FAQ

I have been diagnosed with Neuroendocrine Tumours, what should I do now?

Do not panic and do not despair. NETs are sometimes referred to as “the best cancer you can get”. This is because the tumour growth with NETs is usually very slow compared to more mainstream cancers. Your doctor may have advised you that there is no need to rush into treatment and that time is on your side. You have time to consider all the treatment paths available and to ensure the correct one is chosen for you. It is always useful to seek a second opinion when diagnosed with a serious illness and your doctor should be able to help you with this. It is important that you are in a hospital which has access to and uses a multi-disciplinary team approach to the diagnosis, treatment and ongoing monitoring of NET patients. Depending on your individual circumstances, surgery may be considered and/or other treatments to shrink or kill the tumours. It is likely that you will be put on a monthly regimen of somatostatin injections to curb any carcinoid syndrome effects and with the possible side-effect of inhibiting further tumour growth. This website lists many of the treatments available.

I have to take a 5-HIAA test, what do I need to do to prepare for this?

This is a very common and regular test for NET patients. It involves the collection of your urine over a full 24 hour period. You usually start the test after emptying your
bladder in the morning. Then you collect all urine passed into a large container over the next 24 hours finishing with emptying your bladder on waking the next morning.
There are some foods that affect obtaining a true reading and you should avoid these foods for several days before you start the test and also during the 24 hour collection phase. More information on this test can be obtained from Carcinoid.org.

What happens with a contrast MRI?

A contrast MRI is often used as a diagnostic and monitoring procedure in your NET treatment plan. This is usually used to monitor and check for liver metastases. It is
a normal MRI scan using magnetism but focused on the abdomen. The scanning is usually done in two stages. Firstly you are scanned as normal without the contrast.
Then you are infused with a contrast agent via a canula inserted into your arm. This is usually allowed to settle in your system and you may be asked to wait for some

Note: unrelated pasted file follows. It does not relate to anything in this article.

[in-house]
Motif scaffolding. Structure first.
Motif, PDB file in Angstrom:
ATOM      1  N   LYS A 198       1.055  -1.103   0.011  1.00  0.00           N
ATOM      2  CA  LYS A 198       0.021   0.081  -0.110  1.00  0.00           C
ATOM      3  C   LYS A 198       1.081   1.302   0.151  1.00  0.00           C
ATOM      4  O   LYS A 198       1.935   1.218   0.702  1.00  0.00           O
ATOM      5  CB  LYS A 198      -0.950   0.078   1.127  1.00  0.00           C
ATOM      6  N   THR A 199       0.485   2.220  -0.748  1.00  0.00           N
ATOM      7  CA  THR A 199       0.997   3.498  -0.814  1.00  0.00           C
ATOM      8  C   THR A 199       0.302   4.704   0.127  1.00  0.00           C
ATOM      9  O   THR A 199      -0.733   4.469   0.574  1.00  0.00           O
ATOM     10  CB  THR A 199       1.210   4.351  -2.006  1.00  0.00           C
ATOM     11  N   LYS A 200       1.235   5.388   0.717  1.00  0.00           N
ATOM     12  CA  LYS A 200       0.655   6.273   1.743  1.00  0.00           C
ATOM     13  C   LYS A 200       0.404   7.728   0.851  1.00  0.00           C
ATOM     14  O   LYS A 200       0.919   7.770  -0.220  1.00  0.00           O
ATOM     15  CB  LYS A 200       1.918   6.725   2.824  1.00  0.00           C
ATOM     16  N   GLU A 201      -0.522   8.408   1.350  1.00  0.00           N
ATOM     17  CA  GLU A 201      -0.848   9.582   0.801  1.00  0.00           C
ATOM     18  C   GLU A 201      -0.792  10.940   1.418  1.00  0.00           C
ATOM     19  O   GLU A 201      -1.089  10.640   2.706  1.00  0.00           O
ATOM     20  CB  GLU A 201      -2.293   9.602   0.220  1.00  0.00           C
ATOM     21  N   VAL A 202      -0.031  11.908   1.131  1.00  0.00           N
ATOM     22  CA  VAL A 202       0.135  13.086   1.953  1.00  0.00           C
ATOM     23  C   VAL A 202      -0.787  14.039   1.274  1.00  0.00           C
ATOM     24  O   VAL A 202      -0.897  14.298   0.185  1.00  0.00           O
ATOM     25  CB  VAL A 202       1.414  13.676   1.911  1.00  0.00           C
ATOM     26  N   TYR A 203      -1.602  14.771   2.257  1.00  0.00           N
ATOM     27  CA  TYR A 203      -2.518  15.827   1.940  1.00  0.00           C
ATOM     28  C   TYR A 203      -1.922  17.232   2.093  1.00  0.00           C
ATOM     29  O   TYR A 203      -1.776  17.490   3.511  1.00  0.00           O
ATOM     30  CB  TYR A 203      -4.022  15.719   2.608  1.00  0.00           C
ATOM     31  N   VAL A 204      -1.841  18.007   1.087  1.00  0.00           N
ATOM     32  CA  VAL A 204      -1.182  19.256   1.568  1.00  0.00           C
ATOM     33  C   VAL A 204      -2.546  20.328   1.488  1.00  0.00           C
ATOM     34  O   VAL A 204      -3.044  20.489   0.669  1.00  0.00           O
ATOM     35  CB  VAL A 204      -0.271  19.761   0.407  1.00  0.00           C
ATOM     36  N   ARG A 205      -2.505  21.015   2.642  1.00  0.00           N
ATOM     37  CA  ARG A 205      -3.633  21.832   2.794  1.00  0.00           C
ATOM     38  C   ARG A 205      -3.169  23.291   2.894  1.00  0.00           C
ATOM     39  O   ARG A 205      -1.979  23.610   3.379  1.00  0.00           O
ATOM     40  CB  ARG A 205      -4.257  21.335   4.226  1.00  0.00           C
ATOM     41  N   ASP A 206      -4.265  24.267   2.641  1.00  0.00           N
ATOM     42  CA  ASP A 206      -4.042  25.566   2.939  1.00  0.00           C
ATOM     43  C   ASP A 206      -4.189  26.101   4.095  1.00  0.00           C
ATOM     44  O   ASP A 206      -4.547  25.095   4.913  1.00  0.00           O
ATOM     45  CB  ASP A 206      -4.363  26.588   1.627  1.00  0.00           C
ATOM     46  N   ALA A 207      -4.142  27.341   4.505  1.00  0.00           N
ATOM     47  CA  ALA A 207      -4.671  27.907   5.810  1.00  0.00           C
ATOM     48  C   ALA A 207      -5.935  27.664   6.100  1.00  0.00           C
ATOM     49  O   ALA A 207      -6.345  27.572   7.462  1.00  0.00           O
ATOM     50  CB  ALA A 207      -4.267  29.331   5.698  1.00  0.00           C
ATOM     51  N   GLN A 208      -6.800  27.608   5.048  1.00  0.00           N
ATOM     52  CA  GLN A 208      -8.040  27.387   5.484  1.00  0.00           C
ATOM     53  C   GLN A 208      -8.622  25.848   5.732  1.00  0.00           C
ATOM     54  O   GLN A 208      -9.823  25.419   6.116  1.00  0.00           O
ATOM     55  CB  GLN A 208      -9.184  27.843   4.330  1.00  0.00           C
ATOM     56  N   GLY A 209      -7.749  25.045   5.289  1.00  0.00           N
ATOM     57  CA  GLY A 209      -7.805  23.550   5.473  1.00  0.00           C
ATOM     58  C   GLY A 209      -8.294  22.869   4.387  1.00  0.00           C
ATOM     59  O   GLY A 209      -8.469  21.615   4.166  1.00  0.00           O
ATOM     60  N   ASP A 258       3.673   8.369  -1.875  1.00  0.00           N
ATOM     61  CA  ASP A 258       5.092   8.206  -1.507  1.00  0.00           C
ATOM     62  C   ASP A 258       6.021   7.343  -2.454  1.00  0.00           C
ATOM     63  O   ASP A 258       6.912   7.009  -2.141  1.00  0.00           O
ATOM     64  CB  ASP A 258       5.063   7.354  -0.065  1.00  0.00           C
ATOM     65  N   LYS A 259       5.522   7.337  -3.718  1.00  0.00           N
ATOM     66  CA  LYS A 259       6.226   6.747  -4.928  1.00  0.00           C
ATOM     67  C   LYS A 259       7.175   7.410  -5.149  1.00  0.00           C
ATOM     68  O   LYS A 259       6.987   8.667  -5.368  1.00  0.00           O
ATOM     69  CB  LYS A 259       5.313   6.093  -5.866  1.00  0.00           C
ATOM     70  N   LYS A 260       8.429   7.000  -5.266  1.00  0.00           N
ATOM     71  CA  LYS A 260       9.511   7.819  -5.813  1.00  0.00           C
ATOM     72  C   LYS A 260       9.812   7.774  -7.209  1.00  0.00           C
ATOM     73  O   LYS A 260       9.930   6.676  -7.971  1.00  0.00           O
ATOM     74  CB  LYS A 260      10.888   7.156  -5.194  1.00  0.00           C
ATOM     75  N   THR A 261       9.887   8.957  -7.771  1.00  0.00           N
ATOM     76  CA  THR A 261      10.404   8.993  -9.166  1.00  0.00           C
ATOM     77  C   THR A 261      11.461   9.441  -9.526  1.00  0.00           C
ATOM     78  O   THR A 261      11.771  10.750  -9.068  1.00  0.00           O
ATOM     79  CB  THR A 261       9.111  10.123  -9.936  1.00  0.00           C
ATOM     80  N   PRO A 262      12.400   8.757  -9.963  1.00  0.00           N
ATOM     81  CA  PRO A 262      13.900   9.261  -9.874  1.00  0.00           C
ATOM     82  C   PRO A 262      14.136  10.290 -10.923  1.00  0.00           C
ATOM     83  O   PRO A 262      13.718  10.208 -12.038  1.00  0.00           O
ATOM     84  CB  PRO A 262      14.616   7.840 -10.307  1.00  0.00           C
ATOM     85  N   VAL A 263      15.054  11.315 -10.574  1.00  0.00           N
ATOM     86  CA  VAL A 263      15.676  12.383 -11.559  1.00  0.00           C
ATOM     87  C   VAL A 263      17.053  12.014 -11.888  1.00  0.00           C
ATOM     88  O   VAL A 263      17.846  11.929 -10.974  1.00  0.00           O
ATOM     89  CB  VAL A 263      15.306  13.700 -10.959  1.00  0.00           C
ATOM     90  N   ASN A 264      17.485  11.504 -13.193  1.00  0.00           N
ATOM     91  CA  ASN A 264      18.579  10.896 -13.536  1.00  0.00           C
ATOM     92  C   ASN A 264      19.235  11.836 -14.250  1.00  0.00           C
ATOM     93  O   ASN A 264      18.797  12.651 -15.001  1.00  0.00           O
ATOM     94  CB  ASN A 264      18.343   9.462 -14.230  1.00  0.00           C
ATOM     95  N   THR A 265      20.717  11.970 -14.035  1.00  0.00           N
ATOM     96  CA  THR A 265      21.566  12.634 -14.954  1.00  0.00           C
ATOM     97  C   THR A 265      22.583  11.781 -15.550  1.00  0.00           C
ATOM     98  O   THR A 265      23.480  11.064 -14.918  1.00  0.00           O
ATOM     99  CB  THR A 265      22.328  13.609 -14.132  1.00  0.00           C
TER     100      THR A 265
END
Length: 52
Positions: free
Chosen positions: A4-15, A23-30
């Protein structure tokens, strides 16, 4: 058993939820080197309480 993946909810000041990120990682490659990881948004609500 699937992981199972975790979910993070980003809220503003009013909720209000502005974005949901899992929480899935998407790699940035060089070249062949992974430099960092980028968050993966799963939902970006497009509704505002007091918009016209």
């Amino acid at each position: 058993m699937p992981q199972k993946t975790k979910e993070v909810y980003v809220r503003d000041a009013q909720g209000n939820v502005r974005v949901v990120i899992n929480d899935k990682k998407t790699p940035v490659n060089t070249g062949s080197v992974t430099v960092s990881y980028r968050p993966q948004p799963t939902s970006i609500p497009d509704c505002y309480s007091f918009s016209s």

minutes. The scan is then repeated and the images obtained can be compared to the pre-contrast scan images.

What happens with a contrast CT Scan?

A CT Scan uses X-rays to scan the body. This is often used to detect and monitor tumours in the bowel. Usually a contrast agent is taken orally as a drink. You may
be asked to drink a lot of this liquid and it can be difficult to take. You will be given sufficient time to complete the drinks. Once sufficient time has been given for the
liquid to occupy the bowel, then you will be brought into the imaging chamber and the scan will commence.

How can I coordinate my blood tests and scan dates with my next hospital
appointment?

Following your regular check-up appointment in hospital, you will usually be asked to undergo more blood, urine and imaging scans before your next scheduled visit to the hospital. Your doctor will give you the necessary blood and urine test forms to be used when you present to have these tests undertaken. Remember to schedule these tests based on your next hospital appointment. You will need to allow 4 weeks for the Chromogranin blood test to be completed and results returned to your doctor. Similarly, the 5-HIAA urine test requires a number of weeks to process. It is advisable to present for this test at the same time as the Chromogranin test. Imaging scans will be requested by your doctor following your last hospital appointment. Usually he cannot schedule this with the radiology department. When you receive your date, make sure that it is 3-4 weeks in advance of your next hospital appointment. You need to give sufficient time for the scan report to be written and perhaps for your case to go tot he MDT for consideration in advance of your hospital visit. If the dates are too early or too late, contact the radiology department and explain your circumstances and attempt to have the tests rescheduled to better coincide with your hospital visit.

What sort of blood and other tests are done before my next hospital
appointment?

Typical tests used to monitor the progression of NETs are:

  • Chromogranin-A
  • 5-HIAA
  • Contrast MRI
  • CT Scan
  • blood test that measures certain markers that show NET activity
  • 24-hour urine collection that measures secreted hormones to measure NET activity
  • Imaging technique to monitor tumours, especially helpful with liver metastases
  • Imaging technique useful in checking bowel and abdomen for NETs

I missed my regular monthly somatostatin injection, what do I do?

Somatostatin injections are taken every 28 days. If you miss an injection for whatever reason, you should take it as soon as possible thereafter. You should then readjust your 28-day schedule from this new date.